Data Protection Commission criticised as WhatsApp decision nears
Ireland lagging behind as fines totalling €410m issued for violations in Europe in 2019
Ireland and Luxembourg are among a small handful of countries yet to impose fines for data privacy violations.
Data protection authorities in Europe issued fines worth a combined €410 million to organisations last year for violations but none originated in the Republic, despite it being home to many of the world’s biggest technology companies.
New figures compiled by the Italian data protection body Osservatarorio di Federprivacy – which includes data from official sources in 30 countries – show authorities in the European Economic Area imposed 190 fines in 2019.
Italy was the most active data protection authority, with 30 actions last year, while the UK was the most punitive, with fines totalling €312 million, some 76 per cent of all sanctions issued.
Ireland and Luxembourg were among a small handful of countries yet to impose fines for data privacy violations. Informed sources have said that the Data Protection Commission is in the final stages of its investigation into WhatsApp over possible breaches of EU data privacy rules, with a draft decision expected to be circulated to other authorities to consider within weeks.
This is the first of the commission’s many investigations to approach its end point with delays blamed on complications that arise from pursuing companies that operate cross-border.
The General Data Protection Regulation (GDPR), introduced in May 2018, gives data regulators powers to fine companies up to 4 per cent of their global turnover of the previous year or €20 million, whichever is greater, for violating the law.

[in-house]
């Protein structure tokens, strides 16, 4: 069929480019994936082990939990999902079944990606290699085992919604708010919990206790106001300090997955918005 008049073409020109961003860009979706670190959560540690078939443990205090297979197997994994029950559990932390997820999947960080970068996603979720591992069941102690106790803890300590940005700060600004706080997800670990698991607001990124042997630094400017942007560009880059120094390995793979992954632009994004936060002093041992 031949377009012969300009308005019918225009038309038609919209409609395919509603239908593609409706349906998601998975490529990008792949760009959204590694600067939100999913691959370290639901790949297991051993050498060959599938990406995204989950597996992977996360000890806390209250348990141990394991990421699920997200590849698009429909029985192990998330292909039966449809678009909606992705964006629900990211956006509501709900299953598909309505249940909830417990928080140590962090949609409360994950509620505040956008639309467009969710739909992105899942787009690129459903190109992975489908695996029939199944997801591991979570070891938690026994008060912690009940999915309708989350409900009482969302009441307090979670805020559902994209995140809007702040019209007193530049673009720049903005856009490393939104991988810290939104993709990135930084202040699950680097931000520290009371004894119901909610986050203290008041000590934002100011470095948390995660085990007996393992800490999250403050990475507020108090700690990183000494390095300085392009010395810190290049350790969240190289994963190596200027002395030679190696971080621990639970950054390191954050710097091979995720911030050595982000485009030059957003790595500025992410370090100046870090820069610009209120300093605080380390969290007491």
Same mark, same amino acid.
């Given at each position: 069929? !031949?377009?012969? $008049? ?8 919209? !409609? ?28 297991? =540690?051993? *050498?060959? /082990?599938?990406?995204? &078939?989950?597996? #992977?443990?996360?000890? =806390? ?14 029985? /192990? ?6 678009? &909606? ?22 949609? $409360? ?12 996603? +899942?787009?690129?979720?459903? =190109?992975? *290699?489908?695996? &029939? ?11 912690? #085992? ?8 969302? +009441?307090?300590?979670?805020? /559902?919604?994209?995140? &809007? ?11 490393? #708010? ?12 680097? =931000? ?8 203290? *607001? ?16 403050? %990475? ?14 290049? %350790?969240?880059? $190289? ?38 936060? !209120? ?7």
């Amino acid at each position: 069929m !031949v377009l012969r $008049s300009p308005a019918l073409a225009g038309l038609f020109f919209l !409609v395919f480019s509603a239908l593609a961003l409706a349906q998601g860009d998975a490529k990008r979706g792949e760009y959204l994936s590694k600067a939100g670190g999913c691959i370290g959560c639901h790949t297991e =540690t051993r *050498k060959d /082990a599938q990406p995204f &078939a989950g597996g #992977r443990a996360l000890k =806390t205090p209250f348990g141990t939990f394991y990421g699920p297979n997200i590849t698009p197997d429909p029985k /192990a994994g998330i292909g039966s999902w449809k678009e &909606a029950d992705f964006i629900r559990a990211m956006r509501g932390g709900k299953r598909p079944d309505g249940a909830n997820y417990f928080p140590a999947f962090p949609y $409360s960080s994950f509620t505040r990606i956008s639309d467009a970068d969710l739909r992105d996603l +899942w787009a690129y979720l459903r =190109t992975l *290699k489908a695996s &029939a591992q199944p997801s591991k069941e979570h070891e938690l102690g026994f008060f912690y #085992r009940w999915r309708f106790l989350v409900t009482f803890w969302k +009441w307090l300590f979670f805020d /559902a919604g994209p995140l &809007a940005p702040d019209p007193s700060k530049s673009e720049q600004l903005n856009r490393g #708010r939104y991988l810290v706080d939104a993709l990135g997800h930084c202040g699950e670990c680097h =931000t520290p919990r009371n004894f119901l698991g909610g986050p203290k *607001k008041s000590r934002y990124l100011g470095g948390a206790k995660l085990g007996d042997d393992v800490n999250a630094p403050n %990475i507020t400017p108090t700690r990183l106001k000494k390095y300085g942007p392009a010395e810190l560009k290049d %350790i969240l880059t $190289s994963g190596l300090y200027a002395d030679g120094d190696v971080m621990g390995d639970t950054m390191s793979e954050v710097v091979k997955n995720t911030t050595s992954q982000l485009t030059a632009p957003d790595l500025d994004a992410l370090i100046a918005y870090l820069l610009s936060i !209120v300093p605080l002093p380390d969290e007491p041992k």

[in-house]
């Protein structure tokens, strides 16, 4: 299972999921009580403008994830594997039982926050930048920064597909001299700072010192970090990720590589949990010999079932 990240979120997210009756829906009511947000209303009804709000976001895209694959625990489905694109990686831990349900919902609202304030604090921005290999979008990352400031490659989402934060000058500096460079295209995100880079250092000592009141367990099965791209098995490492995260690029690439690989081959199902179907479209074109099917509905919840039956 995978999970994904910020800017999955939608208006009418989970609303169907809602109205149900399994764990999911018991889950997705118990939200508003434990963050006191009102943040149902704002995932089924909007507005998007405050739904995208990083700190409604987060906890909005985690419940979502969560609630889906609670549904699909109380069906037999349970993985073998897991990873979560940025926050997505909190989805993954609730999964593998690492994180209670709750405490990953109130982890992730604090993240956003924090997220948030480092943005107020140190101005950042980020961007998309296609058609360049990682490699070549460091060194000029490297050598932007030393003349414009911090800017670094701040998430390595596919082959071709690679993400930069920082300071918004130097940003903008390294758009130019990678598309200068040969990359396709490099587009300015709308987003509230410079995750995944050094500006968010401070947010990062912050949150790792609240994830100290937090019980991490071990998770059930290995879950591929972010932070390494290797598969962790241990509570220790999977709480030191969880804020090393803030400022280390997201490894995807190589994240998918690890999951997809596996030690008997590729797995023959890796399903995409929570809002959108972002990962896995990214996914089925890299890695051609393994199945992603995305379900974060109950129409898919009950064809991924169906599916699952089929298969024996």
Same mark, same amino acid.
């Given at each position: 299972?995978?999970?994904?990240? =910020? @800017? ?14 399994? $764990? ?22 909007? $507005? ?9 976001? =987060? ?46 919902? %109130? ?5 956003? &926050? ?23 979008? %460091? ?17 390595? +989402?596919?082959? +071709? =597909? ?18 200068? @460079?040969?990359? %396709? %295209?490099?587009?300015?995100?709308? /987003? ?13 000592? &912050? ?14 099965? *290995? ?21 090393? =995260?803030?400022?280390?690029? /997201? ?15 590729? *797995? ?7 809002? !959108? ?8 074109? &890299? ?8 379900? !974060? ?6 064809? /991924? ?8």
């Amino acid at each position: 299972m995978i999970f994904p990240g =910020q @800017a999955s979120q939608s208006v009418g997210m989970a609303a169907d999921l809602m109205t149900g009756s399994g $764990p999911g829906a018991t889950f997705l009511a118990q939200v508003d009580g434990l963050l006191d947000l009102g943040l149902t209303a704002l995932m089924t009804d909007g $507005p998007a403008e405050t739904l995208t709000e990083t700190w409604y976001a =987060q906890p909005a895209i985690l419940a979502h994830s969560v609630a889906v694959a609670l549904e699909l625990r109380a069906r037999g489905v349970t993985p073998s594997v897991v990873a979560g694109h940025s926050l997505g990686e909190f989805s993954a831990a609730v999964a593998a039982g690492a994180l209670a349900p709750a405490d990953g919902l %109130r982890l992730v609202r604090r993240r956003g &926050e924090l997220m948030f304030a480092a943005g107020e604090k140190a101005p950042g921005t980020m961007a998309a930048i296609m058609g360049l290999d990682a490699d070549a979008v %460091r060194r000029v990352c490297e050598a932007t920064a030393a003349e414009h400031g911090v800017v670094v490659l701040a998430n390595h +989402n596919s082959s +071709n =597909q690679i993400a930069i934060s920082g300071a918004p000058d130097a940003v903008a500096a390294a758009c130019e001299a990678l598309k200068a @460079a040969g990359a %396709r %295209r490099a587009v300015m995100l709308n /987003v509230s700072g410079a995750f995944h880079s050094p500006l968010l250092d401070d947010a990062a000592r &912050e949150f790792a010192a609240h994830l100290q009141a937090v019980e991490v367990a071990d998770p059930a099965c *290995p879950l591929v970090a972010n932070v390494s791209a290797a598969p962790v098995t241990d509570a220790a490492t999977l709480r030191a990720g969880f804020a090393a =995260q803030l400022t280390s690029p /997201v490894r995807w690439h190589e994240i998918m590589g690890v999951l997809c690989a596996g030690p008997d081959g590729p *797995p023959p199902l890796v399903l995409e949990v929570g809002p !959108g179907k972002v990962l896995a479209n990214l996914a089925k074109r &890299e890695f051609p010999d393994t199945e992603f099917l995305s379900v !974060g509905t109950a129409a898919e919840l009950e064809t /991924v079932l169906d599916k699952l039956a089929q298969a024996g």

Most of the sanctions issued to date for data breaches across Europe have been for domestic violations, with more complicated investigations ongoing in a number of jurisdictions. The largest fine issued in a cross-border context, according to the Data Protection Commission, has been €61,000.
“The investigation of cross-border issues is highly complex and takes time to complete, highlighted by the fact that there have been very few decisions with fines issued under the GDPR in relation to cross-border investigations across all 28 EU supervisory authorities since the application of the GDPR in May 2018,” said deputy commissioner Graham Doyle.
Federprivacy chairman Nicola Bernardi said the failure of the Irish Data Protection Commission to issue fines thus far is a concern given the large number of leading tech companies based here.
He expressed concerns that technology companies may be treated with more leniency in Ireland than in other jurisdictions and called for greater consistency to be applied across the EU for dealing with sanctions.
“With the one-stop-shop system, a corporation should be able to choose any place in EU for its head office without any problem, but actually the majority of the main technological English-speaking corporations are not choosing the UK but Ireland as the place of their European head office,” said Mr Bernardi.
“We need to enforce a consistent application of the legislation in order to avoid inconsistencies that will give advantages to a minority of stockholders,” he added.
The most frequently fined violations last year were for illicit use of personal data, which was cited in 44 per cent of all sanctions issued. Other causes for fines included poor security and data breaches.
The Data Protection Commission is carrying out more than 70 separate investigations into organisations for possible data breaches. This includes 21 investigations into leading tech companies such as Google.
The commission received less than one-third of the additional funding it sought in Budget 2020 to cope with the increased workload it now has due to GDPR.